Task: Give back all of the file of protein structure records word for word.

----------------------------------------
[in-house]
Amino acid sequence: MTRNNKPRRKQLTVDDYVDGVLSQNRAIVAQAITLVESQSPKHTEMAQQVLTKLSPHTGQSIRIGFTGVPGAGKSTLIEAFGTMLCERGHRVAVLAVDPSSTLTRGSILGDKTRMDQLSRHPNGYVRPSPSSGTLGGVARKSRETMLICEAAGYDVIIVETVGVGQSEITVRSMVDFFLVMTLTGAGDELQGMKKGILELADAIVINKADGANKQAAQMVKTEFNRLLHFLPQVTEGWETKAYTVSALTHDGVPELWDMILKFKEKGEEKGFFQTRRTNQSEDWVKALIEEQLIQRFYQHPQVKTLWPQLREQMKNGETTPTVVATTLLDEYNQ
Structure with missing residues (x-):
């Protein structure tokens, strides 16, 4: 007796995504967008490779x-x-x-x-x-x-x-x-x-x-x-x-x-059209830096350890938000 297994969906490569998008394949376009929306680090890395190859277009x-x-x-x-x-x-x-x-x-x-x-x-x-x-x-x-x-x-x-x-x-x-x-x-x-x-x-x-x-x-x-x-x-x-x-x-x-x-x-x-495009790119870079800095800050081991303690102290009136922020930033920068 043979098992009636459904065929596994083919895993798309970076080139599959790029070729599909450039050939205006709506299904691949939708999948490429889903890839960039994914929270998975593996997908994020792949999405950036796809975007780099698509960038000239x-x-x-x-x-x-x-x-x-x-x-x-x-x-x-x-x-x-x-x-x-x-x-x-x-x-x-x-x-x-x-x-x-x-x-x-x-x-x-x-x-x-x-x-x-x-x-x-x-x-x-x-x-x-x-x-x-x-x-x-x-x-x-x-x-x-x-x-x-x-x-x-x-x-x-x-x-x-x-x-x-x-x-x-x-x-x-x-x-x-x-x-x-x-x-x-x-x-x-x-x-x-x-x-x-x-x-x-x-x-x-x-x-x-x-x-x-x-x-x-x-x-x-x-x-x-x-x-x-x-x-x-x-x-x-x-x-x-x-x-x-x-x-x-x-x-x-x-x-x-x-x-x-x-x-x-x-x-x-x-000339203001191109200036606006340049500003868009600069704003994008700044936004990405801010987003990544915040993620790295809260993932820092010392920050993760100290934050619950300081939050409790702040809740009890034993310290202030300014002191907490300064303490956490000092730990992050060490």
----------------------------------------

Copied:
[in-house]
Amino acid sequence: MTRNNKPRRKQLTVDDYVDGVLSQNRAIVAQAITLVESQSPKHTEMAQQVLTKLSPHTGQSIRIGFTGVPGAGKSTLIEAFGTMLCERGHRVAVLAVDPSSTLTRGSILGDKTRMDQLSRHPNGYVRPSPSSGTLGGVARKSRETMLICEAAGYDVIIVETVGVGQSEITVRSMVDFFLVMTLTGAGDELQGMKKGILELADAIVINKADGANKQAAQMVKTEFNRLLHFLPQVTEGWETKAYTVSALTHDGVPELWDMILKFKEKGEEKGFFQTRRTNQSEDWVKALIEEQLIQRFYQHPQVKTLWPQLREQMKNGETTPTVVATTLLDEYNQ
Structure with missing residues (x-):
């Protein structure tokens, strides 16, 4: 007796995504967008490779x-x-x-x-x-x-x-x-x-x-x-x-x-059209830096350890938000 297994969906490569998008394949376009929306680090890395190859277009x-x-x-x-x-x-x-x-x-x-x-x-x-x-x-x-x-x-x-x-x-x-x-x-x-x-x-x-x-x-x-x-x-x-x-x-x-x-x-x-495009790119870079800095800050081991303690102290009136922020930033920068 043979098992009636459904065929596994083919895993798309970076080139599959790029070729599909450039050939205006709506299904691949939708999948490429889903890839960039994914929270998975593996997908994020792949999405950036796809975007780099698509960038000239x-x-x-x-x-x-x-x-x-x-x-x-x-x-x-x-x-x-x-x-x-x-x-x-x-x-x-x-x-x-x-x-x-x-x-x-x-x-x-x-x-x-x-x-x-x-x-x-x-x-x-x-x-x-x-x-x-x-x-x-x-x-x-x-x-x-x-x-x-x-x-x-x-x-x-x-x-x-x-x-x-x-x-x-x-x-x-x-x-x-x-x-x-x-x-x-x-x-x-x-x-x-x-x-x-x-x-x-x-x-x-x-x-x-x-x-x-x-x-x-x-x-x-x-x-x-x-x-x-x-x-x-x-x-x-x-x-x-x-x-x-x-x-x-x-x-x-x-x-x-x-x-x-x-x-x-x-x-x-x-000339203001191109200036606006340049500003868009600069704003994008700044936004990405801010987003990544915040993620790295809260993932820092010392920050993760100290934050619950300081939050409790702040809740009890034993310290202030300014002191907490300064303490956490000092730990992050060490």